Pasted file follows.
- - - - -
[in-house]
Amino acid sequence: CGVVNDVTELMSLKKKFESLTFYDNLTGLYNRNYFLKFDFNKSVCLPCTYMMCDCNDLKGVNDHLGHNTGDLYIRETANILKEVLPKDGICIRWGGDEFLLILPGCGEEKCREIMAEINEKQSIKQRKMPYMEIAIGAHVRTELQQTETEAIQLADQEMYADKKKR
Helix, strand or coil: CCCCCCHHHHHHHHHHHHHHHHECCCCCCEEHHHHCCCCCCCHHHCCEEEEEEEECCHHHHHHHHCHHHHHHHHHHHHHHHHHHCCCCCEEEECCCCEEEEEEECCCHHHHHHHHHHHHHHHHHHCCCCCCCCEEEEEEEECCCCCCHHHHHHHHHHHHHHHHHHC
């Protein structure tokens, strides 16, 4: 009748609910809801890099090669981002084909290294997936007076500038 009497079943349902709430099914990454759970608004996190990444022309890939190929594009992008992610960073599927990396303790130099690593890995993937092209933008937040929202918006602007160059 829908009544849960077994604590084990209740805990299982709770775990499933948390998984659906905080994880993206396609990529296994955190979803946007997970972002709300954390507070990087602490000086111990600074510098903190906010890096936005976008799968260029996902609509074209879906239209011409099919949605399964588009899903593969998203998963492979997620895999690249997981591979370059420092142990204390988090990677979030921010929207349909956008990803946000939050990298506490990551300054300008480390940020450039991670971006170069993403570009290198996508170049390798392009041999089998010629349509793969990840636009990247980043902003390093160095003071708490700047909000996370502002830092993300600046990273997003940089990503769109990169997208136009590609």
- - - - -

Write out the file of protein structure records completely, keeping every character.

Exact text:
[in-house]
Amino acid sequence: CGVVNDVTELMSLKKKFESLTFYDNLTGLYNRNYFLKFDFNKSVCLPCTYMMCDCNDLKGVNDHLGHNTGDLYIRETANILKEVLPKDGICIRWGGDEFLLILPGCGEEKCREIMAEINEKQSIKQRKMPYMEIAIGAHVRTELQQTETEAIQLADQEMYADKKKR
Helix, strand or coil: CCCCCCHHHHHHHHHHHHHHHHECCCCCCEEHHHHCCCCCCCHHHCCEEEEEEEECCHHHHHHHHCHHHHHHHHHHHHHHHHHHCCCCCEEEECCCCEEEEEEECCCHHHHHHHHHHHHHHHHHHCCCCCCCCEEEEEEEECCCCCCHHHHHHHHHHHHHHHHHHC
């Protein structure tokens, strides 16, 4: 009748609910809801890099090669981002084909290294997936007076500038 009497079943349902709430099914990454759970608004996190990444022309890939190929594009992008992610960073599927990396303790130099690593890995993937092209933008937040929202918006602007160059 829908009544849960077994604590084990209740805990299982709770775990499933948390998984659906905080994880993206396609990529296994955190979803946007997970972002709300954390507070990087602490000086111990600074510098903190906010890096936005976008799968260029996902609509074209879906239209011409099919949605399964588009899903593969998203998963492979997620895999690249997981591979370059420092142990204390988090990677979030921010929207349909956008990803946000939050990298506490990551300054300008480390940020450039991670971006170069993403570009290198996508170049390798392009041999089998010629349509793969990840636009990247980043902003390093160095003071708490700047909000996370502002830092993300600046990273997003940089990503769109990169997208136009590609």